Sometimes you shift to another counter, just for the change. Sometimes, in rare moments of illusory calm, you straighten shelves and displays. Sometimes you restock. Sometimes you fling yourself recklessly into the throng to handsell and sometimes, amazingly, you do.

Always, everywhere, you do whatever you can to make it work. You must. Bets have been booked; books have been bet. The stakes are high.

The book world is a gamblers' paradise and December is high season. After a year of preparation, authors, agents, editors, publishers, booksellers and everyone else connected with the tens of thousands of books in the kitty are "all in" for the final month. They've played the odds, taken educated risks, put their money where their mouths (or reading eyes) are.  

So, how does a frontline bookseller prepare for all this?

I watched Croupier.

Not only is this film--starring Clive Owen and directed by Mike Hodges--one of the great movies about writers, it is also an ideal training film for surviving the retail holiday onslaught.

Owen plays Jack Manfred, an aspiring novelist with an inherent gift for casino work as a dealer and croupier. The film opens with a slow-motion shot of Jack at his roulette table. The crowd elbows in, getting their bets down, but he is in a silent world of his own creation: "Now, he had become the still center of that spinning wheel of misfortune. The world turned round him, leaving him miraculously untouched. The croupier had reached his goal. He no longer heard the sound of the ball."

At the cash register, in the heat of the game during the past few weeks, I experienced that sense of detachment sometimes. In the film, Jack feels "up above the world, a writer looking down on his subject . . . a detached . . . observer."

But of course the game pulls you back in, again and again, and you wouldn't have it any other way.

The week after Christmas is a curious thing. The retail intensity continues, but the upbeat adrenaline that infused a season of joy to the world and peace on earth often devolves into the impatience of product returns and grumpy children of all ages.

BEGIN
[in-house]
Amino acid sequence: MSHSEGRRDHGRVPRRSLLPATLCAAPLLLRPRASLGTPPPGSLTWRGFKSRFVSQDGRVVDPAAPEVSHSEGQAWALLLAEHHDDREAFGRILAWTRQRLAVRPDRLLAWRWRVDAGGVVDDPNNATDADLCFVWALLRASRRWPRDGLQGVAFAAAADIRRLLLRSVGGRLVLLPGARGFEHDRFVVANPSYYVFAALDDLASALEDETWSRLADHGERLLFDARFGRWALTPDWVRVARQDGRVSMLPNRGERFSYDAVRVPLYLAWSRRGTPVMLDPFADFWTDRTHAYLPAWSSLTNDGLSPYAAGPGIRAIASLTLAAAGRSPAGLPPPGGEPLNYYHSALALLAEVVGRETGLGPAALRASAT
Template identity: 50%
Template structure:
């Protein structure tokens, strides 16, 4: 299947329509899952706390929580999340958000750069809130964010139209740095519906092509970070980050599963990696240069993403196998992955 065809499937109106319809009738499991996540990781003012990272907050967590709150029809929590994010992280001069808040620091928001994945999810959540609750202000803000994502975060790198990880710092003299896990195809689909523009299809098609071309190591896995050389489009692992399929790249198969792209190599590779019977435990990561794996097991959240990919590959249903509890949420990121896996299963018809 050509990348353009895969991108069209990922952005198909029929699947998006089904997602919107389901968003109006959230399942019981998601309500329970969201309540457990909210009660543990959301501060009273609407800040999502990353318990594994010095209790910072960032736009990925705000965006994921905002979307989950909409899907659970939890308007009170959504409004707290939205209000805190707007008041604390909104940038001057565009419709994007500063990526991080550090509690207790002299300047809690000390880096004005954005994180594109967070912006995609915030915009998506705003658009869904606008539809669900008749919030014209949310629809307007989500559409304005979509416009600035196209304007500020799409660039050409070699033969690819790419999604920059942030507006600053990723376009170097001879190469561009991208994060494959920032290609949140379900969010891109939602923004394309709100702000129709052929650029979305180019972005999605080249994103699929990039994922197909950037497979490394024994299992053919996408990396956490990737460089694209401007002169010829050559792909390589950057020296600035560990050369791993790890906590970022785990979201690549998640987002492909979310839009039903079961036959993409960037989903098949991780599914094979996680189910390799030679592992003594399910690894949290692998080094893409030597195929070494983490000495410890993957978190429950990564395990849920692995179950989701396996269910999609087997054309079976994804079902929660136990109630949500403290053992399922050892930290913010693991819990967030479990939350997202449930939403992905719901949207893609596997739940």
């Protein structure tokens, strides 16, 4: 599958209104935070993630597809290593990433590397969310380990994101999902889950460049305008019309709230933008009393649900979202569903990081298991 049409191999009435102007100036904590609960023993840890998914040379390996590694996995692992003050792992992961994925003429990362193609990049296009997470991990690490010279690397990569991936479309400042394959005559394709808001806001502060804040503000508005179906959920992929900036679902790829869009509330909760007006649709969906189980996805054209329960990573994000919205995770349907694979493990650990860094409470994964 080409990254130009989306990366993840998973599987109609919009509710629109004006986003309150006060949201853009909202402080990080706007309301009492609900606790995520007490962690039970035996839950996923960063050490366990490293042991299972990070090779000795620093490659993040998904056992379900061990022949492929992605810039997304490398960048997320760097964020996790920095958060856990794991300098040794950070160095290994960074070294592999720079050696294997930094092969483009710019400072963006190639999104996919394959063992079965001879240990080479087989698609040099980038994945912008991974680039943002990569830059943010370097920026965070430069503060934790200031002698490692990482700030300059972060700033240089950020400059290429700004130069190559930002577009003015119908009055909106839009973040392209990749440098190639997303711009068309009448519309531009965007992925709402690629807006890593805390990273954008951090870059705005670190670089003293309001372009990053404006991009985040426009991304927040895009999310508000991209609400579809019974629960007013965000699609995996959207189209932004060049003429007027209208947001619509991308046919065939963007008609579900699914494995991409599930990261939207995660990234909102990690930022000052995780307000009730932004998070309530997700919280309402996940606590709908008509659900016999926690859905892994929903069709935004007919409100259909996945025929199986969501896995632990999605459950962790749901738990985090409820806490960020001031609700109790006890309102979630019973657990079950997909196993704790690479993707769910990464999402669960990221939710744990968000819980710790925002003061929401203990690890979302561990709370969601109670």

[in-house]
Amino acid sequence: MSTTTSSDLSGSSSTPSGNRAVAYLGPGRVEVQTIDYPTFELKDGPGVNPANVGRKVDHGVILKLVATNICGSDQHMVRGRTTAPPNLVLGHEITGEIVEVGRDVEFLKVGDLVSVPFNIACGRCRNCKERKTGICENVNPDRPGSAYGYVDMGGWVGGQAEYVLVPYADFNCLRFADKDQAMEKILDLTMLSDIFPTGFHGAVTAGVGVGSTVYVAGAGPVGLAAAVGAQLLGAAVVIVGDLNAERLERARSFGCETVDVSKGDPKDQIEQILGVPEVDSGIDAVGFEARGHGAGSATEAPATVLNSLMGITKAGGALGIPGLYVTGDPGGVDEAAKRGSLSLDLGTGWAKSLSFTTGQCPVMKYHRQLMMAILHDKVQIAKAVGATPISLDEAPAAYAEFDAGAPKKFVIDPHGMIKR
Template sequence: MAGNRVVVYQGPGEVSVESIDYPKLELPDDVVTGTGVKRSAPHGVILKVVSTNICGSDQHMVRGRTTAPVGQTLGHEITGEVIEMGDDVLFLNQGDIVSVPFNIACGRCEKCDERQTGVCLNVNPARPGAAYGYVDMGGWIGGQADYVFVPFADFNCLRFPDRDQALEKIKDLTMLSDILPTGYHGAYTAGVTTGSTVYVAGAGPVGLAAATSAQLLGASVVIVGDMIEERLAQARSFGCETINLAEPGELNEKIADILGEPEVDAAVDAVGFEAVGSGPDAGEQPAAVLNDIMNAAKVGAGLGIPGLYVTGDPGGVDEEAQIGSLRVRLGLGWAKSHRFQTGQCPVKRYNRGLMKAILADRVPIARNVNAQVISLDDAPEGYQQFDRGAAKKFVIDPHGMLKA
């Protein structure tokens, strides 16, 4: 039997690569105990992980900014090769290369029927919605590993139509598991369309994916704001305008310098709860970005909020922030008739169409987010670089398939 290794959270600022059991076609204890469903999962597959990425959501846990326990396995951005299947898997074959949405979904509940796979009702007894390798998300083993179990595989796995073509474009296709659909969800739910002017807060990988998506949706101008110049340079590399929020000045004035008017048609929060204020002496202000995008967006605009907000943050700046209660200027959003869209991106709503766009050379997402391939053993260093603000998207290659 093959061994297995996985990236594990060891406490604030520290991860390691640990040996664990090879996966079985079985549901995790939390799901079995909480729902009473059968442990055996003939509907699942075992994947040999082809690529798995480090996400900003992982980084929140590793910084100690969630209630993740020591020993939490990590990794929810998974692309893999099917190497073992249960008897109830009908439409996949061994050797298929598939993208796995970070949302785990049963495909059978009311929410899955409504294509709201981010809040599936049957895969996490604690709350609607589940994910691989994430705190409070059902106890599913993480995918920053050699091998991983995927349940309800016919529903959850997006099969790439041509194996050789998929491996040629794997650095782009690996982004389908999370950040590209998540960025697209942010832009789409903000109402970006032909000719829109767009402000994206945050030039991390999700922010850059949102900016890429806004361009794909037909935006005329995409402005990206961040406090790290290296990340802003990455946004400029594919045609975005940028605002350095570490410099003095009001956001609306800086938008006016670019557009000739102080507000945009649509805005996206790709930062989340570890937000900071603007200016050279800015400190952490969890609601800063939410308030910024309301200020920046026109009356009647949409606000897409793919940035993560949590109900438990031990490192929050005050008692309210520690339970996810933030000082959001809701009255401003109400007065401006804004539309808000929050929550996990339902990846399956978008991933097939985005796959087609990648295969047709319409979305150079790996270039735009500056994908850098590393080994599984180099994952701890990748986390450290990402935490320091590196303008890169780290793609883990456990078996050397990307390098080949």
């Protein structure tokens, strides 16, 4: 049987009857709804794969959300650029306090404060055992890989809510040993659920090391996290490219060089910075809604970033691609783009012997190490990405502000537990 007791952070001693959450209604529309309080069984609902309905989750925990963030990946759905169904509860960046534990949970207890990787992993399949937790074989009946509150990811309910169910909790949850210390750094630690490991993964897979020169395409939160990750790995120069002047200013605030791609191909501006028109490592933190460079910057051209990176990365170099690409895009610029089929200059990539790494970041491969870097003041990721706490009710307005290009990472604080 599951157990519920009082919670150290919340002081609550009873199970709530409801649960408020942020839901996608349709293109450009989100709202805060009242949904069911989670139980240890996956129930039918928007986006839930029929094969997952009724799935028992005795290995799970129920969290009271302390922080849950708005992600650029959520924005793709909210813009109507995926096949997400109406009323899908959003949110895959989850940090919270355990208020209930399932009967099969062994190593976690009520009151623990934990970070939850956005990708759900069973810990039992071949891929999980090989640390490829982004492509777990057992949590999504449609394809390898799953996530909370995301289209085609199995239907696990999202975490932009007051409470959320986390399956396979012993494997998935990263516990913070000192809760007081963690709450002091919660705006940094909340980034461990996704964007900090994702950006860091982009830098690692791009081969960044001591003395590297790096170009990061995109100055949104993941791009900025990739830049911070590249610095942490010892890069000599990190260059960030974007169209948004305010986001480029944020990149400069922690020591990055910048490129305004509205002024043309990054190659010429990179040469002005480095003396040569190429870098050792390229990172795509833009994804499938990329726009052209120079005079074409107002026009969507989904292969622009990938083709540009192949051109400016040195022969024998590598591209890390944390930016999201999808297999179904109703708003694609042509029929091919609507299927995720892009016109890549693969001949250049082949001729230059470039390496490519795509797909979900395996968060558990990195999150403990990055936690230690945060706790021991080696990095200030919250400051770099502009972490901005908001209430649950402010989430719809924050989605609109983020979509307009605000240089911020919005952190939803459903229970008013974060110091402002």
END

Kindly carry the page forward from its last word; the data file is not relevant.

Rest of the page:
You begin to understand why 2007 is represented by an old man with a scythe, while 2008 is a newborn baby. The year, in its last week, shows its age.

And then, quite suddenly, it's all over. Just like that. You won or you lost. The chips are swept from the table and the dealer announces a new game.

Ladies and gentlemen, place your bets for 2008.



Wishing You a 'Fezziwig Smile' for the Holidays

Shelf Awareness: Friday, December 21, 2007

Whether you believe the spirit of Christmas resides in the Christian or Dickensian or Santa Clausian or Wal-Martian tradition, the next four days will engulf you. I'll be spending this weekend on the bookstore's crazed sales floor. By Christmas Eve, I will have seen the holiday in all its guises, both merry and not-so-merry, played out on a very public stage. Certain things can be predicted:

  • Someone will ask, with frustration and anger twisting their features, "Where is your humor book section?"
  • Someone will complain because the Christmas cards and calendars aren't on sale yet.
  • Someone will request book gift suggestions for a relative who doesn't like to read.
  • Someone will threaten their kids with "no presents" if they don't start behaving "right now!"
  • Someone will say, "Merry Christmas," with intent to provoke, and I'll say, "Merry Christmas," in return because it generates a smile and sometimes even a "thank you."
  • Someone, cast adrift in the gift-buying maelstrom, will still be looking for a good read and ask for a recommendation.

We are a curious species.